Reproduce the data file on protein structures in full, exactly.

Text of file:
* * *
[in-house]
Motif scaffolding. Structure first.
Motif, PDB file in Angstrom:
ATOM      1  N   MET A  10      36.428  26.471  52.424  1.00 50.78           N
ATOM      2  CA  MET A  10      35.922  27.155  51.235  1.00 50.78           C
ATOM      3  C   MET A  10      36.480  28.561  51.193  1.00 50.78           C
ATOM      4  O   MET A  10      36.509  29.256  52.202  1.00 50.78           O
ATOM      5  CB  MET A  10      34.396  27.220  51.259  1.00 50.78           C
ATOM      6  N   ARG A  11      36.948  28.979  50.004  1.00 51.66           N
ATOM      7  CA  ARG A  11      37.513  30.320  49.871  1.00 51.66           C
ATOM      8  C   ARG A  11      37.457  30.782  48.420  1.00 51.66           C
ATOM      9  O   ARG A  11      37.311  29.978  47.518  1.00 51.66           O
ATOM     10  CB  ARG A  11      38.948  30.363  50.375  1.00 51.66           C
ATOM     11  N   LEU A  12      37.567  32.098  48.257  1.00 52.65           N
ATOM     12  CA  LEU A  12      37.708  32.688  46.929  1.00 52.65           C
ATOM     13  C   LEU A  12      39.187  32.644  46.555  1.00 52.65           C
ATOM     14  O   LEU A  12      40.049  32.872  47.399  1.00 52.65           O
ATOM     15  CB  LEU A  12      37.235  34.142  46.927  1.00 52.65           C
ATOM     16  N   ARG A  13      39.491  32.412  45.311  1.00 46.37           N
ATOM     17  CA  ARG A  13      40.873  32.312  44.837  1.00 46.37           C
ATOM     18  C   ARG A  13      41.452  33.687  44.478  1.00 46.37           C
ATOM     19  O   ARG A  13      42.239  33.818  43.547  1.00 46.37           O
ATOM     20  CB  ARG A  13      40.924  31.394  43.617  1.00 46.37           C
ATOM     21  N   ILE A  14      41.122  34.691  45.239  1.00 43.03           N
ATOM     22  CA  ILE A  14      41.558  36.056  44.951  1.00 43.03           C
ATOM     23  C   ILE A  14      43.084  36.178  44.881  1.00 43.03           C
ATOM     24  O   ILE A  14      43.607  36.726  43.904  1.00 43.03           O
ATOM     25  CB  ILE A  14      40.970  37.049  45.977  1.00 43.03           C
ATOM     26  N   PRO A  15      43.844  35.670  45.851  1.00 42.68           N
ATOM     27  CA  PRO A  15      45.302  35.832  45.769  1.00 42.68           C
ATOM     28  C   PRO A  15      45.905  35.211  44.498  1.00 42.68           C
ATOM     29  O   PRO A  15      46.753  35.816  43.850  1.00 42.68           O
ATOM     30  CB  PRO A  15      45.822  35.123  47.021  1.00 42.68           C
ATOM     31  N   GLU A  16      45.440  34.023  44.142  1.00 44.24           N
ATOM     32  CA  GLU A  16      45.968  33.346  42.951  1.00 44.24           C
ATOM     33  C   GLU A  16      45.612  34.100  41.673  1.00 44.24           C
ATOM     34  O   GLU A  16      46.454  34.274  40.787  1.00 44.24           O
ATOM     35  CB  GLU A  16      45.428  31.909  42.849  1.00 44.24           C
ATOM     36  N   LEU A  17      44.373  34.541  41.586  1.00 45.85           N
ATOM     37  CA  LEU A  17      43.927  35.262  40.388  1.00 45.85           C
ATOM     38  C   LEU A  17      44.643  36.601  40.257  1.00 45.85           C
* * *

[in-house]
Motif scaffolding. Structure first.
Motif, PDB file in Angstrom:
ATOM      1  N   MET A  10      36.428  26.471  52.424  1.00 50.78           N
ATOM      2  CA  MET A  10      35.922  27.155  51.235  1.00 50.78           C
ATOM      3  C   MET A  10      36.480  28.561  51.193  1.00 50.78           C
ATOM      4  O   MET A  10      36.509  29.256  52.202  1.00 50.78           O
ATOM      5  CB  MET A  10      34.396  27.220  51.259  1.00 50.78           C
ATOM      6  N   ARG A  11      36.948  28.979  50.004  1.00 51.66           N
ATOM      7  CA  ARG A  11      37.513  30.320  49.871  1.00 51.66           C
ATOM      8  C   ARG A  11      37.457  30.782  48.420  1.00 51.66           C
ATOM      9  O   ARG A  11      37.311  29.978  47.518  1.00 51.66           O
ATOM     10  CB  ARG A  11      38.948  30.363  50.375  1.00 51.66           C
ATOM     11  N   LEU A  12      37.567  32.098  48.257  1.00 52.65           N
ATOM     12  CA  LEU A  12      37.708  32.688  46.929  1.00 52.65           C
ATOM     13  C   LEU A  12      39.187  32.644  46.555  1.00 52.65           C
ATOM     14  O   LEU A  12      40.049  32.872  47.399  1.00 52.65           O
ATOM     15  CB  LEU A  12      37.235  34.142  46.927  1.00 52.65           C
ATOM     16  N   ARG A  13      39.491  32.412  45.311  1.00 46.37           N
ATOM     17  CA  ARG A  13      40.873  32.312  44.837  1.00 46.37           C
ATOM     18  C   ARG A  13      41.452  33.687  44.478  1.00 46.37           C
ATOM     19  O   ARG A  13      42.239  33.818  43.547  1.00 46.37           O
ATOM     20  CB  ARG A  13      40.924  31.394  43.617  1.00 46.37           C
ATOM     21  N   ILE A  14      41.122  34.691  45.239  1.00 43.03           N
ATOM     22  CA  ILE A  14      41.558  36.056  44.951  1.00 43.03           C
ATOM     23  C   ILE A  14      43.084  36.178  44.881  1.00 43.03           C
ATOM     24  O   ILE A  14      43.607  36.726  43.904  1.00 43.03           O
ATOM     25  CB  ILE A  14      40.970  37.049  45.977  1.00 43.03           C
ATOM     26  N   PRO A  15      43.844  35.670  45.851  1.00 42.68           N
ATOM     27  CA  PRO A  15      45.302  35.832  45.769  1.00 42.68           C
ATOM     28  C   PRO A  15      45.905  35.211  44.498  1.00 42.68           C
ATOM     29  O   PRO A  15      46.753  35.816  43.850  1.00 42.68           O
ATOM     30  CB  PRO A  15      45.822  35.123  47.021  1.00 42.68           C
ATOM     31  N   GLU A  16      45.440  34.023  44.142  1.00 44.24           N
ATOM     32  CA  GLU A  16      45.968  33.346  42.951  1.00 44.24           C
ATOM     33  C   GLU A  16      45.612  34.100  41.673  1.00 44.24           C
ATOM     34  O   GLU A  16      46.454  34.274  40.787  1.00 44.24           O
ATOM     35  CB  GLU A  16      45.428  31.909  42.849  1.00 44.24           C
ATOM     36  N   LEU A  17      44.373  34.541  41.586  1.00 45.85           N
ATOM     37  CA  LEU A  17      43.927  35.262  40.388  1.00 45.85           C
ATOM     38  C   LEU A  17      44.643  36.601  40.257  1.00 45.85           C